The Great Bear Rainforest land use plan was agreed on 7 February 2006 and a final map was released. This map was redrawn on 7 July 2007 by House of Smayusta Chief Qwatsinas so that it excludes Nuxalk Lands (left). He explains why the Nuxalk Nation did not take part in negotiations to save the coastal rainforest that resulted in the government – industry touted deal. A government condition, he says, was that the Nuxalk Nation join the BC Treaty Process, a path rejected by the Nuxalk people. Like a majority of First Nations, the Nuxalk condemns this process as yet another colonial device designed to extinguish Aboriginal Title and Rights. For the House of Smayusta, most important is to honour the elders and uphold the tradition to protect their homeland and ensure the survival of their way of life. "For the future of our Children, Grandchildren and Children yet unborn. Nuxalk Strong – Nuxalk Forever."

Chief Qwatsinas, 7 July 2007.
Photo: Karen Wonders

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Redwashing by the Vancouver Sun, 2008.
Graphic: K. Wonders (click for original)

Chief Qwatsinas explains the position taken by the Nuxalk House of Smayusta in 1995 when Interfor began clearcut logging the sacred Valley of Ista, Nuxalknalus. "We aligned ourselves with environmental groups as guests to our ancestral lands to help get the word out to the world and protect our lands . . . It has been regarded as a protest/ blockade against logging, clearcut logging practices and its impacts; but for us, it was for Nuxalk history, existence, beliefs, and who we are, as a people" Chief Qwatsinas: Statement on Ista (13 Feb. 2008).


The photo of Chief Qwatsinas taken in 1997 during the Nuxalk protest at Ista was used in the Vancouver Sun newspaper (left) to announce the official signing of the Great Bear Rainforest deal on 7 February 2008. This is more than crude appropriation: it is a case of disrespect and deceit on behalf of big business and government. See subchapter: Redwashing. Chief Qwatsinas rightly reacted in anger: "I did not like my picture being used in the article and supposedly representing the Nuxalk in the 'Love - In' deal. It is misused, misrepresented, and certainly misinterpreted in expressing Nuxalk involvement in these plans. We want to make it very clear that Nuxalk were not involved in the April 4th, 2001 Great Bear Forest deal and did not participate in its conception" Press Statement (12 Feb. 2008).

Interfor's clearcutting of Ista, 1997.
Photo: House of Smayusta (text added)

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The desecration of Ista mobilized international activists who converged on Ista in Nuxalk Territory in 1997 where they were witness to the human rights abuses and environmental destruction that are one and the same thing. A decade later and nothing has changed. The logging industry and government propaganda claiming a "love - in of collaboration" with First Nations in 2008 is a devious ploy to marginalize the Nuxalk people and thwart their many sacrifices to protect their lands and heritage (right).

Chief Qwatsinas arrested by RCMP at Ista, 1997.
Photo: Nuxalk House of Smayusta

"To clearcut log the valley
of 'Ista' is like the tearing
down of other peoples'
churches . . . To destroy
'Ista' is to destroy Nuxalk
beliefs, human and
Indigenous rights, and
our identity as a people"
Chief Qwatsinas

Chief Qwatsinas was arrested at Ista in 1995, 1996 and 1997. Assault forces deployed to the remote and inaccessible rainforest location included some 40 Royal Canadian Mounted Police with their helicopters and boats as well as Coast Guard backups. The photo of Chief Qwatsinas being arrested at Ista in 1997 (left) documents a display of excessive police force. As he himself says, he is no "show - and - dance" native whose cooperation can be bought. Rather, Chief Qwatsinas remains a frontline First Nations activist who continues to maintain: "As Nuxalkmc, we have never ceded, treatied, sold, or relinquished our connection to our lands and rights. Our Creator through the Great Spirit put us into these lands to care for and protect; as Nuxalkmc, we are committed to do so" Statement on Ista.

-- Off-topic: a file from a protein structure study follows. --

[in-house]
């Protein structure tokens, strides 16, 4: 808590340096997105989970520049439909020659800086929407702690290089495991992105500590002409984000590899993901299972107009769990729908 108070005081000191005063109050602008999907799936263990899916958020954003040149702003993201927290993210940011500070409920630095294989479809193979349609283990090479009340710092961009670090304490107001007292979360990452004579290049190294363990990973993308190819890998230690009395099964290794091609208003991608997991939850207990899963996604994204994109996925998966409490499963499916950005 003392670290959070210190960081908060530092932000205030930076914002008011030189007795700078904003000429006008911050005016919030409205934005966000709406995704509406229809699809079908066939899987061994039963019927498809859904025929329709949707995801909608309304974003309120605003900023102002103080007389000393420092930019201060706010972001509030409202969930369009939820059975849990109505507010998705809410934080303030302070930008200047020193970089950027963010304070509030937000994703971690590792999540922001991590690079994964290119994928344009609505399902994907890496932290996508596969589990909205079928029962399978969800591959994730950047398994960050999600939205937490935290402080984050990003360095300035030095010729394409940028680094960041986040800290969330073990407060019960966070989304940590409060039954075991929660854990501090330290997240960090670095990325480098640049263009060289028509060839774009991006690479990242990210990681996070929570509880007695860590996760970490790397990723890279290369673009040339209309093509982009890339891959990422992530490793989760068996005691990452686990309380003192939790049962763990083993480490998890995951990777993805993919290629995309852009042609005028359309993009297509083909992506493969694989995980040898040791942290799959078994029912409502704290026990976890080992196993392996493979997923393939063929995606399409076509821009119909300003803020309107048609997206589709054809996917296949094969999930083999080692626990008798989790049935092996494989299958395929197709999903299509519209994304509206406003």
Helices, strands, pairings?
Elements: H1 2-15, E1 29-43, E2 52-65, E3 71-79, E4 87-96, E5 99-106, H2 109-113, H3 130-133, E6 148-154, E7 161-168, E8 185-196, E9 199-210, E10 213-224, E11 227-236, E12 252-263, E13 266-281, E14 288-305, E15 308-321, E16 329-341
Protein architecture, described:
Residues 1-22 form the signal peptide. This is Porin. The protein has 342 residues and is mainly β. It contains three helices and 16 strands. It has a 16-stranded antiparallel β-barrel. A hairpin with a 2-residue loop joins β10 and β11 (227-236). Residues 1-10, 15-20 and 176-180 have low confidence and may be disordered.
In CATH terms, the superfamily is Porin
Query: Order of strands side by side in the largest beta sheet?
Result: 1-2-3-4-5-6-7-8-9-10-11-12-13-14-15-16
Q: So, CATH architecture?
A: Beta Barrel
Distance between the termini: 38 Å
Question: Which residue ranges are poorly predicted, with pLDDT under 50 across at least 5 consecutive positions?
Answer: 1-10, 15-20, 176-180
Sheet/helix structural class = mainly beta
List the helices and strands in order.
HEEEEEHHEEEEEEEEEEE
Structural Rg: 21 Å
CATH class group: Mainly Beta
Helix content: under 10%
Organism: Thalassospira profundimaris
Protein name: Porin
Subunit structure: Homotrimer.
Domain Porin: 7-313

For their just stand on Nuxalk sovereignty, the Nuxalk people have been victimized by court intimidation, incarceration and government engineered economic deprivation. Following the Nuxalk stand at Ista, Interfor clearcut logged the Ista rainforest and in a further act of petty spite, the company and the BC Ministry of Forests moved their offices out of the Bella Coola Valley, causing job losses among the Nuxalk. Since the 2004 decision by the Supreme Court of Canada, First Nations are entitled to consultation and accommodation regarding any resource extraction on their territories. Yet the BC Forest and Range Agreement offered to the Nuxalk in 2005 is a coercive arrangement, compromising Aboriginal Title and Rights. And the clearcutting continues today: right is a 2006 photo of the Parker Creek watershed on Nuxalknalus (King Island), which lies in the heartland of the Great Bear Rainforest.


Interfor clearcut, Nuxalknalus, 2006.
Photo: Ian McAllister

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"Bear Market." (click for original)
Photo: Ian McAllister (text added)


The $120 million Coast Opportunities Fund dedicated to protecting nature in the Great Bear Rainforest has become a coverup for the continuing "sustained" development agenda by international resource extraction corporations. Typical is the pro big business article which uses an image of a bear to greenwash its species killing intent (left). While the article claims "business as usual for big logging" is a matter of the past, the opposite is true. Chief Qwatsinas warns the players: "Nuxalk ancestral lands and rights remain a 'Land and Rights Question,' they are still unceded, untreatied, and not extinguished today. No other party has the mandate or authority to negotiate on behalf of the Nuxalk; we have never given this consent. These Ecosytem Based Management plans and policies were done without consulting us. If they are like the Forest Practices Code with a few more frills, then history may repeat itself" Press Statement.


AKU Poster Gallery on BC at "Viva Touristika" in Rostock (click on posters to enlarge)










Bella Coola on Tour

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Copyright: All Rights Reserved. Researched, written, compiled, formatted, hyperlinked and encoded by Dr. Karen Wonders. Images and intellectual property rights reside with the credited owner. Commercial transmission and/or reproduction requires written permission. Use for educational and research purposes requires proper citation.